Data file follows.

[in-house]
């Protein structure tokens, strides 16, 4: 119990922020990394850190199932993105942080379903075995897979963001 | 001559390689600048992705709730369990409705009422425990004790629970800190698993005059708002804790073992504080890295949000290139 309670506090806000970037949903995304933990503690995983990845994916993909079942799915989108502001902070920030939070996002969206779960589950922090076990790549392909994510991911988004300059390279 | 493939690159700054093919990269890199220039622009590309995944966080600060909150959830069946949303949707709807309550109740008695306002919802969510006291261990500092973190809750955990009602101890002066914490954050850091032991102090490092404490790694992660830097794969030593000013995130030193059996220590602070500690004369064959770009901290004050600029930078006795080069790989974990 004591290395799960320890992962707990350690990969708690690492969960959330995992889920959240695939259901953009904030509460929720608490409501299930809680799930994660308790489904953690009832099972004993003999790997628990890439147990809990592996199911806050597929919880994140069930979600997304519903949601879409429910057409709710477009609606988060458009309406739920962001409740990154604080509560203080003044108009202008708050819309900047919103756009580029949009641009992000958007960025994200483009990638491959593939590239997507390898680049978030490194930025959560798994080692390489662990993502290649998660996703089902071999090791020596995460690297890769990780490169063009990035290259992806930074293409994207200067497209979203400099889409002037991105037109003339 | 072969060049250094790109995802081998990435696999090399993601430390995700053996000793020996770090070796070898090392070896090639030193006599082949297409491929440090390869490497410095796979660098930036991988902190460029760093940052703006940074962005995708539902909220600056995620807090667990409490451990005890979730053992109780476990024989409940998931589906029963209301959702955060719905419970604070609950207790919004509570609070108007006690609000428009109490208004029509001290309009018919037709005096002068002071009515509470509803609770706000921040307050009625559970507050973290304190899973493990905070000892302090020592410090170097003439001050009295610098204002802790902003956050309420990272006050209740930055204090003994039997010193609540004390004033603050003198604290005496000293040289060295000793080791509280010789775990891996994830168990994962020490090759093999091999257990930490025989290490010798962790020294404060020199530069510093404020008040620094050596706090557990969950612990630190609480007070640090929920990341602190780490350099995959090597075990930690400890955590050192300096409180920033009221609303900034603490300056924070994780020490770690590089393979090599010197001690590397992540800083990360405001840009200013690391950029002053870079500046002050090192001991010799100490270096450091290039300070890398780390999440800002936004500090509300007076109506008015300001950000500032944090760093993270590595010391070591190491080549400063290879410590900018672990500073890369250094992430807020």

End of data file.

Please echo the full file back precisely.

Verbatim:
[in-house]
């Protein structure tokens, strides 16, 4: 119990922020990394850190199932993105942080379903075995897979963001 | 001559390689600048992705709730369990409705009422425990004790629970800190698993005059708002804790073992504080890295949000290139 309670506090806000970037949903995304933990503690995983990845994916993909079942799915989108502001902070920030939070996002969206779960589950922090076990790549392909994510991911988004300059390279 | 493939690159700054093919990269890199220039622009590309995944966080600060909150959830069946949303949707709807309550109740008695306002919802969510006291261990500092973190809750955990009602101890002066914490954050850091032991102090490092404490790694992660830097794969030593000013995130030193059996220590602070500690004369064959770009901290004050600029930078006795080069790989974990 004591290395799960320890992962707990350690990969708690690492969960959330995992889920959240695939259901953009904030509460929720608490409501299930809680799930994660308790489904953690009832099972004993003999790997628990890439147990809990592996199911806050597929919880994140069930979600997304519903949601879409429910057409709710477009609606988060458009309406739920962001409740990154604080509560203080003044108009202008708050819309900047919103756009580029949009641009992000958007960025994200483009990638491959593939590239997507390898680049978030490194930025959560798994080692390489662990993502290649998660996703089902071999090791020596995460690297890769990780490169063009990035290259992806930074293409994207200067497209979203400099889409002037991105037109003339 | 072969060049250094790109995802081998990435696999090399993601430390995700053996000793020996770090070796070898090392070896090639030193006599082949297409491929440090390869490497410095796979660098930036991988902190460029760093940052703006940074962005995708539902909220600056995620807090667990409490451990005890979730053992109780476990024989409940998931589906029963209301959702955060719905419970604070609950207790919004509570609070108007006690609000428009109490208004029509001290309009018919037709005096002068002071009515509470509803609770706000921040307050009625559970507050973290304190899973493990905070000892302090020592410090170097003439001050009295610098204002802790902003956050309420990272006050209740930055204090003994039997010193609540004390004033603050003198604290005496000293040289060295000793080791509280010789775990891996994830168990994962020490090759093999091999257990930490025989290490010798962790020294404060020199530069510093404020008040620094050596706090557990969950612990630190609480007070640090929920990341602190780490350099995959090597075990930690400890955590050192300096409180920033009221609303900034603490300056924070994780020490770690590089393979090599010197001690590397992540800083990360405001840009200013690391950029002053870079500046002050090192001991010799100490270096450091290039300070890398780390999440800002936004500090509300007076109506008015300001950000500032944090760093993270590595010391070591190491080549400063290879410590900018672990500073890369250094992430807020």